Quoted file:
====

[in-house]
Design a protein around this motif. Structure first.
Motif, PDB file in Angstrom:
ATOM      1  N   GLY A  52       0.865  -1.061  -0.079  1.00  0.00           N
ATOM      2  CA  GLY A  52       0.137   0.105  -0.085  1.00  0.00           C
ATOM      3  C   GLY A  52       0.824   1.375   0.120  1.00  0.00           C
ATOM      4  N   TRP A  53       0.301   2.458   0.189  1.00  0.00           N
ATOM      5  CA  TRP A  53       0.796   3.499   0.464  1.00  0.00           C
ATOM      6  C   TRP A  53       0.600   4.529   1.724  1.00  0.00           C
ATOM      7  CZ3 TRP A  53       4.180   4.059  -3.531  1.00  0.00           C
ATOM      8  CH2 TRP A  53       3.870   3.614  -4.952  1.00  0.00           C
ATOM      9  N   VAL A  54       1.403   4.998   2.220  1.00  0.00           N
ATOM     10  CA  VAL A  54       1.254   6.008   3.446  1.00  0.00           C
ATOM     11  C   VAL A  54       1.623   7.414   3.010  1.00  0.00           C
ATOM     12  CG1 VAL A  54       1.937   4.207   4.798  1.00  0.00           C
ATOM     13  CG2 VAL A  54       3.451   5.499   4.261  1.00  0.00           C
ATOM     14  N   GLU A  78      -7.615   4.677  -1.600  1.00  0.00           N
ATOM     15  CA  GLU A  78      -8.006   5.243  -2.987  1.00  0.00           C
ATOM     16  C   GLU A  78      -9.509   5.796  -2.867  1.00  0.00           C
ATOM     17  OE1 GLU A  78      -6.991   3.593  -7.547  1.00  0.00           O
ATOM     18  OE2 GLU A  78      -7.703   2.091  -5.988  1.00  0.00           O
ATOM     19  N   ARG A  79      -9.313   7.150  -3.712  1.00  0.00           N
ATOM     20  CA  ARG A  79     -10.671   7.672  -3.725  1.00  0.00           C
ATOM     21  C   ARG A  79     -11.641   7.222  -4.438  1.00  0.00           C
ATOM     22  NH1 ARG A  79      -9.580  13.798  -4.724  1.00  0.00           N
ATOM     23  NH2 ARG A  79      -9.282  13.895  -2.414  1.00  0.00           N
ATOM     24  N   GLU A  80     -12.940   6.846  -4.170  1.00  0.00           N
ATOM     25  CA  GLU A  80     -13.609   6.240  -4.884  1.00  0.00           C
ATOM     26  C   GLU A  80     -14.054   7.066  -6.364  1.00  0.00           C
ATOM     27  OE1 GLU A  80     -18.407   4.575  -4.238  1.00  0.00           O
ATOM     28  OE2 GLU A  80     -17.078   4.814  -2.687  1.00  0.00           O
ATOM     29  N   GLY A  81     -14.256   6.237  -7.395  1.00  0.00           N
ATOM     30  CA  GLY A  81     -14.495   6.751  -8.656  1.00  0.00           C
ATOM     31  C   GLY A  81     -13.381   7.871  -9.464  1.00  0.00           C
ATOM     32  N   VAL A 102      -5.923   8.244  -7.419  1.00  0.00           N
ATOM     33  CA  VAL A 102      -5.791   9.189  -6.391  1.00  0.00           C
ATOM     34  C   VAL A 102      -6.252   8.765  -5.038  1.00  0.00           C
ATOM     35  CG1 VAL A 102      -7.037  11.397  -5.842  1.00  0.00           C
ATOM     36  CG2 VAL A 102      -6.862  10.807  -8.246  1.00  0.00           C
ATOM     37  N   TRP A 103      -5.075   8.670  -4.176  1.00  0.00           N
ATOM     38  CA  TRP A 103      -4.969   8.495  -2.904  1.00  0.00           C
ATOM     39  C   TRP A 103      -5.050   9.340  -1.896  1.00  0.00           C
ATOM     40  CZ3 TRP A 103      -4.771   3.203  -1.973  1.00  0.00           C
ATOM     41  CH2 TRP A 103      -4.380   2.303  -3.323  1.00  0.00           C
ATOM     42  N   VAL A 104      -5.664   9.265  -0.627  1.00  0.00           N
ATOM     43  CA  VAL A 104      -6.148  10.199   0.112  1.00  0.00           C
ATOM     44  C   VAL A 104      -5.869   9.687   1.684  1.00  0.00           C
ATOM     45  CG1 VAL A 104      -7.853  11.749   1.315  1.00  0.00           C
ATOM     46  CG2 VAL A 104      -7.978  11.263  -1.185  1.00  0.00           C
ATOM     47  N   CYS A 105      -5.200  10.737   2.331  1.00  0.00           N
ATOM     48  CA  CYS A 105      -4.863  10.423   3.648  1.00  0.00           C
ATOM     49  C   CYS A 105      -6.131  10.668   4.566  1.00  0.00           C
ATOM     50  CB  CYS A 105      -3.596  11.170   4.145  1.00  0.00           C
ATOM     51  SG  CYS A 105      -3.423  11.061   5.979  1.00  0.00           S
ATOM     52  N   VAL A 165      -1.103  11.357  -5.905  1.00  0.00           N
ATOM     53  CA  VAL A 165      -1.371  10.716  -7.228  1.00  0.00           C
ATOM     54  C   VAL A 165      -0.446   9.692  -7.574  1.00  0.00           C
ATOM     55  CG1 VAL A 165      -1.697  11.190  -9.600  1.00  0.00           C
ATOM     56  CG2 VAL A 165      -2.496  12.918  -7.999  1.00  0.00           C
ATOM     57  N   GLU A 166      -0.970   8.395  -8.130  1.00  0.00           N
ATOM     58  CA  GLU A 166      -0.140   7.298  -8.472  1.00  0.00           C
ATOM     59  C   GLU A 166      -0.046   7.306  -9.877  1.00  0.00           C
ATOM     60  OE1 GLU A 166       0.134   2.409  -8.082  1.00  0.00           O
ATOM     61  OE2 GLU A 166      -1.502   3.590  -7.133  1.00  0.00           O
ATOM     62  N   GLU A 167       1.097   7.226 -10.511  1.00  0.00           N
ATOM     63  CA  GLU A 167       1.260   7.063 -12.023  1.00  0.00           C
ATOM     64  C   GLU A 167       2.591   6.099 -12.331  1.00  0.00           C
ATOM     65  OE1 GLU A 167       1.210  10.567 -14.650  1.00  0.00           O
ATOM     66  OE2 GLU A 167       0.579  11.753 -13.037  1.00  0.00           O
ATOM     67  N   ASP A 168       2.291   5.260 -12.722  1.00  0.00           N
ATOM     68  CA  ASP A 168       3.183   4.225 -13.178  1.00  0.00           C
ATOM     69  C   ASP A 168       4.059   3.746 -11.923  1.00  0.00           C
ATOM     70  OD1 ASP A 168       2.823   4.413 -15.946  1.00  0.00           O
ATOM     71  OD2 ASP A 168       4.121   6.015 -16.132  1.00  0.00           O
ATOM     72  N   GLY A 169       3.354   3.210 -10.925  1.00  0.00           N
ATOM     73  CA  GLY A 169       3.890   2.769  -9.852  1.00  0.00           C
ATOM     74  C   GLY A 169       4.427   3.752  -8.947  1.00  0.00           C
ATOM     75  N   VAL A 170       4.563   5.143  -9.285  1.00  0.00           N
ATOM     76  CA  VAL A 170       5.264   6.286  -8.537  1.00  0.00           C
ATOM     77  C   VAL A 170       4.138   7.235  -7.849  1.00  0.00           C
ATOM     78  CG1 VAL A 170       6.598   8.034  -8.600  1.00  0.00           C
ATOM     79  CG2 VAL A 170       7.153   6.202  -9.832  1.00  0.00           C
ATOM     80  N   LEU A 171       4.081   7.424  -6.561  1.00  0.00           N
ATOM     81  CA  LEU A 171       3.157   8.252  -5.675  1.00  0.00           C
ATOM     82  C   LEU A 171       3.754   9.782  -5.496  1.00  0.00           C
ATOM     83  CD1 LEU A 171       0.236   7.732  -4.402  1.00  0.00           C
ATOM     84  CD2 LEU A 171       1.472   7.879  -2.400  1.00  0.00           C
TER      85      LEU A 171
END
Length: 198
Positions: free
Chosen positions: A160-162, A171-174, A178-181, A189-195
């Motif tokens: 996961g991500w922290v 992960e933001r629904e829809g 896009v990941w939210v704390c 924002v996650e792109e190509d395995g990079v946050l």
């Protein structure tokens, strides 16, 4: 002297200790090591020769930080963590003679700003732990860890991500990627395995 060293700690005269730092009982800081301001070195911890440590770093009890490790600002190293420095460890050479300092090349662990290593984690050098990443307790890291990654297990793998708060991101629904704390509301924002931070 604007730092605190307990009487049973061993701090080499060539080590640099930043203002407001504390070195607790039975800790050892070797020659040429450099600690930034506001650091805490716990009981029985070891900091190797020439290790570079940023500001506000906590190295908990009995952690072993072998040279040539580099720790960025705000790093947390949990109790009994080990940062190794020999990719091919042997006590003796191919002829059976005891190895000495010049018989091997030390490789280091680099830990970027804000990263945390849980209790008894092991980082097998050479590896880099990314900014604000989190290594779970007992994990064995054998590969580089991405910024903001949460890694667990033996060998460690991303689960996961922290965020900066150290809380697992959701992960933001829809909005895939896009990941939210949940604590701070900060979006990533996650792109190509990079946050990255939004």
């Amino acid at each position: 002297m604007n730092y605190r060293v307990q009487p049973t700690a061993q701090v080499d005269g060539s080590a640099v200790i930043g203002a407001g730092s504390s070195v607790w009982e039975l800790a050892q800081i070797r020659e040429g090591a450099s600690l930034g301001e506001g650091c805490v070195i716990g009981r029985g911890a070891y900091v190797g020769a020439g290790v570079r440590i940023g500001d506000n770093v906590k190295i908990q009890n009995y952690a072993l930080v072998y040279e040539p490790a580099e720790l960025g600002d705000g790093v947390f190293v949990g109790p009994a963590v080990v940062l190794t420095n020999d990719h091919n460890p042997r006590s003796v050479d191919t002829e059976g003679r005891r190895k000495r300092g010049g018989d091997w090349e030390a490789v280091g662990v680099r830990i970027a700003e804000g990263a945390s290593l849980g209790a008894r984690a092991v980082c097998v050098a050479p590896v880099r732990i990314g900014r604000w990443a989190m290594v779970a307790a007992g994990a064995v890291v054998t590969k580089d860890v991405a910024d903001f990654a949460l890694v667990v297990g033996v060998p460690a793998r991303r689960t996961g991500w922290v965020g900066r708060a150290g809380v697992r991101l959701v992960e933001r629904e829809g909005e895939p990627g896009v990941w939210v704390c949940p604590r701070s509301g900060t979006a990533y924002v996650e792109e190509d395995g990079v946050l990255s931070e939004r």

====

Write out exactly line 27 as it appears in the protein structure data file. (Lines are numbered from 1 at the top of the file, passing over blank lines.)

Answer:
ATOM     24  N   GLU A  80     -12.940   6.846  -4.170  1.00  0.00           N